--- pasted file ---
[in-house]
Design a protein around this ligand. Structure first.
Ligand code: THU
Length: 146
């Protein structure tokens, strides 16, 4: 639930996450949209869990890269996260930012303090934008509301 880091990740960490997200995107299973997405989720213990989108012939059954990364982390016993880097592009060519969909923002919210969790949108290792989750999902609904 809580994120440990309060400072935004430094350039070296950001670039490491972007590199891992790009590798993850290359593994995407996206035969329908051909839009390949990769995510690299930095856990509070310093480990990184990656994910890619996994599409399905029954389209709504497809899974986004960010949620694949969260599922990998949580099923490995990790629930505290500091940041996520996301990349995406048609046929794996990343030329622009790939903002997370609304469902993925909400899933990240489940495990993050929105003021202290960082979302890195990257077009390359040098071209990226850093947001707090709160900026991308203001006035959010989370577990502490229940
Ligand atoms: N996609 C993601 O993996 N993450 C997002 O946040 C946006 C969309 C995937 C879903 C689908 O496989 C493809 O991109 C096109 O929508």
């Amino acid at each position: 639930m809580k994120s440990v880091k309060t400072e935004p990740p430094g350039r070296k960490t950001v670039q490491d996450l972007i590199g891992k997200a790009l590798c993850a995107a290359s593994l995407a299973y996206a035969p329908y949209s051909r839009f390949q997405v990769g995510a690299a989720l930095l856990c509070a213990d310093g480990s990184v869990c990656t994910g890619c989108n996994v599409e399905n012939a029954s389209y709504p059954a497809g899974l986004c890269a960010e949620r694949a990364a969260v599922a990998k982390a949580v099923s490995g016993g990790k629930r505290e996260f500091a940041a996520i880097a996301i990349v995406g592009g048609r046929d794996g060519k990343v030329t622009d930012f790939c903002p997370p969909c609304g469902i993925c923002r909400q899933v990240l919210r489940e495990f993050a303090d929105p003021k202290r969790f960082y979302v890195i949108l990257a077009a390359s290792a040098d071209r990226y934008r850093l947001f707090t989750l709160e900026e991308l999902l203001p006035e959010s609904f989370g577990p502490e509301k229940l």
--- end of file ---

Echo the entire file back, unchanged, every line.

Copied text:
[in-house]
Design a protein around this ligand. Structure first.
Ligand code: THU
Length: 146
């Protein structure tokens, strides 16, 4: 639930996450949209869990890269996260930012303090934008509301 880091990740960490997200995107299973997405989720213990989108012939059954990364982390016993880097592009060519969909923002919210969790949108290792989750999902609904 809580994120440990309060400072935004430094350039070296950001670039490491972007590199891992790009590798993850290359593994995407996206035969329908051909839009390949990769995510690299930095856990509070310093480990990184990656994910890619996994599409399905029954389209709504497809899974986004960010949620694949969260599922990998949580099923490995990790629930505290500091940041996520996301990349995406048609046929794996990343030329622009790939903002997370609304469902993925909400899933990240489940495990993050929105003021202290960082979302890195990257077009390359040098071209990226850093947001707090709160900026991308203001006035959010989370577990502490229940
Ligand atoms: N996609 C993601 O993996 N993450 C997002 O946040 C946006 C969309 C995937 C879903 C689908 O496989 C493809 O991109 C096109 O929508």
């Amino acid at each position: 639930m809580k994120s440990v880091k309060t400072e935004p990740p430094g350039r070296k960490t950001v670039q490491d996450l972007i590199g891992k997200a790009l590798c993850a995107a290359s593994l995407a299973y996206a035969p329908y949209s051909r839009f390949q997405v990769g995510a690299a989720l930095l856990c509070a213990d310093g480990s990184v869990c990656t994910g890619c989108n996994v599409e399905n012939a029954s389209y709504p059954a497809g899974l986004c890269a960010e949620r694949a990364a969260v599922a990998k982390a949580v099923s490995g016993g990790k629930r505290e996260f500091a940041a996520i880097a996301i990349v995406g592009g048609r046929d794996g060519k990343v030329t622009d930012f790939c903002p997370p969909c609304g469902i993925c923002r909400q899933v990240l919210r489940e495990f993050a303090d929105p003021k202290r969790f960082y979302v890195i949108l990257a077009a390359s290792a040098d071209r990226y934008r850093l947001f707090t989750l709160e900026e991308l999902l203001p006035e959010s609904f989370g577990p502490e509301k229940l």